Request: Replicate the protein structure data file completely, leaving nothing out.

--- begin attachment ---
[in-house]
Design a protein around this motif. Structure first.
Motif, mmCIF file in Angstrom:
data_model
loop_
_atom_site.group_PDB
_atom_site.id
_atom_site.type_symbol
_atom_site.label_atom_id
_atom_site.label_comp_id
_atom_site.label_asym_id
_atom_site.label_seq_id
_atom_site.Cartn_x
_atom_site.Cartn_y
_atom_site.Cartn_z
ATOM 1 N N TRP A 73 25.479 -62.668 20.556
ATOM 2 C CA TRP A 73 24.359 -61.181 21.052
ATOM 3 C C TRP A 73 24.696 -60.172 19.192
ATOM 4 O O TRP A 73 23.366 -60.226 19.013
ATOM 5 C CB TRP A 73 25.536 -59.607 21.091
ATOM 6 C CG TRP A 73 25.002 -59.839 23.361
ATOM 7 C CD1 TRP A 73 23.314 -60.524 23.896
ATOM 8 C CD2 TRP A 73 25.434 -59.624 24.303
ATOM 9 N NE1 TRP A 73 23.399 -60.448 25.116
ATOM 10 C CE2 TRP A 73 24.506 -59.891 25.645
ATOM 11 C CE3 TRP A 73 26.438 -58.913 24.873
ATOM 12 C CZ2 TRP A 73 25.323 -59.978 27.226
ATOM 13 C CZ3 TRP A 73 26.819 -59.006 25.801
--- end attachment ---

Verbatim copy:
[in-house]
Design a protein around this motif. Structure first.
Motif, mmCIF file in Angstrom:
data_model
loop_
_atom_site.group_PDB
_atom_site.id
_atom_site.type_symbol
_atom_site.label_atom_id
_atom_site.label_comp_id
_atom_site.label_asym_id
_atom_site.label_seq_id
_atom_site.Cartn_x
_atom_site.Cartn_y
_atom_site.Cartn_z
ATOM 1 N N TRP A 73 25.479 -62.668 20.556
ATOM 2 C CA TRP A 73 24.359 -61.181 21.052
ATOM 3 C C TRP A 73 24.696 -60.172 19.192
ATOM 4 O O TRP A 73 23.366 -60.226 19.013
ATOM 5 C CB TRP A 73 25.536 -59.607 21.091
ATOM 6 C CG TRP A 73 25.002 -59.839 23.361
ATOM 7 C CD1 TRP A 73 23.314 -60.524 23.896
ATOM 8 C CD2 TRP A 73 25.434 -59.624 24.303
ATOM 9 N NE1 TRP A 73 23.399 -60.448 25.116
ATOM 10 C CE2 TRP A 73 24.506 -59.891 25.645
ATOM 11 C CE3 TRP A 73 26.438 -58.913 24.873
ATOM 12 C CZ2 TRP A 73 25.323 -59.978 27.226
ATOM 13 C CZ3 TRP A 73 26.819 -59.006 25.801